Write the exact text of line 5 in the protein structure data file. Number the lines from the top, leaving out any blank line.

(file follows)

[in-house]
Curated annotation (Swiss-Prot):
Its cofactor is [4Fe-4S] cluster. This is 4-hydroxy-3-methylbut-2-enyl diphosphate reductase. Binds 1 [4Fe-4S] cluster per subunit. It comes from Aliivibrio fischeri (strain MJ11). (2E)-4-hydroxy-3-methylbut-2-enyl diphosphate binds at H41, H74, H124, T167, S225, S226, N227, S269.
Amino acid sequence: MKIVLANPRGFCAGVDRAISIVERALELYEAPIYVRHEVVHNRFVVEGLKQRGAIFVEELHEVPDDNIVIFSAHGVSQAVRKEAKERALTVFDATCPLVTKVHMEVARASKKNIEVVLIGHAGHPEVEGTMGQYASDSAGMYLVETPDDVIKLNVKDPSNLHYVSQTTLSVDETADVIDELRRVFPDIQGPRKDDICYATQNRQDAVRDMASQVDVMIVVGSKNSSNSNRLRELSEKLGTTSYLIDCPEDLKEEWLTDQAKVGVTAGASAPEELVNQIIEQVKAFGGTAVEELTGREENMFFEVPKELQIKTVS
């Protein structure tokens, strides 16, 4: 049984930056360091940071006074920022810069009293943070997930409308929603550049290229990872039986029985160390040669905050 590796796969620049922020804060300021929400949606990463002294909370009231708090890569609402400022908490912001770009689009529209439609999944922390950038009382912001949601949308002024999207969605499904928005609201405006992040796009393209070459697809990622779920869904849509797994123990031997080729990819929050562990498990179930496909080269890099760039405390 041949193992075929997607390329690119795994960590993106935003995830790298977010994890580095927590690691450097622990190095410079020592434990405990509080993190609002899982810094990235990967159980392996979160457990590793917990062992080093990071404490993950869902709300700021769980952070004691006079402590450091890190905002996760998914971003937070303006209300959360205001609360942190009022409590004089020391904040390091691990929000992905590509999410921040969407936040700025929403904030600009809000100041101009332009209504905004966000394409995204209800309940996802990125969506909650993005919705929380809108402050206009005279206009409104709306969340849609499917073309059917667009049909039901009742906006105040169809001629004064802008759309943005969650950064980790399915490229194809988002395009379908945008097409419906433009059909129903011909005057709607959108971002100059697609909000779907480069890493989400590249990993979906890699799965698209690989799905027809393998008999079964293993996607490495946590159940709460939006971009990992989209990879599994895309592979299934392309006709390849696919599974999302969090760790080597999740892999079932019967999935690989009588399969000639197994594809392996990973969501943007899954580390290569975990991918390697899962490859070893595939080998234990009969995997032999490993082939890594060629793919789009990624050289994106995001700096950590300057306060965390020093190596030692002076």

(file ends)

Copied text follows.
């Protein structure tokens, strides 16, 4: 049984930056360091940071006074920022810069009293943070997930409308929603550049290229990872039986029985160390040669905050 590796796969620049922020804060300021929400949606990463002294909370009231708090890569609402400022908490912001770009689009529209439609999944922390950038009382912001949601949308002024999207969605499904928005609201405006992040796009393209070459697809990622779920869904849509797994123990031997080729990819929050562990498990179930496909080269890099760039405390 041949193992075929997607390329690119795994960590993106935003995830790298977010994890580095927590690691450097622990190095410079020592434990405990509080993190609002899982810094990235990967159980392996979160457990590793917990062992080093990071404490993950869902709300700021769980952070004691006079402590450091890190905002996760998914971003937070303006209300959360205001609360942190009022409590004089020391904040390091691990929000992905590509999410921040969407936040700025929403904030600009809000100041101009332009209504905004966000394409995204209800309940996802990125969506909650993005919705929380809108402050206009005279206009409104709306969340849609499917073309059917667009049909039901009742906006105040169809001629004064802008759309943005969650950064980790399915490229194809988002395009379908945008097409419906433009059909129903011909005057709607959108971002100059697609909000779907480069890493989400590249990993979906890699799965698209690989799905027809393998008999079964293993996607490495946590159940709460939006971009990992989209990879599994895309592979299934392309006709390849696919599974999302969090760790080597999740892999079932019967999935690989009588399969000639197994594809392996990973969501943007899954580390290569975990991918390697899962490859070893595939080998234990009969995997032999490993082939890594060629793919789009990624050289994106995001700096950590300057306060965390020093190596030692002076």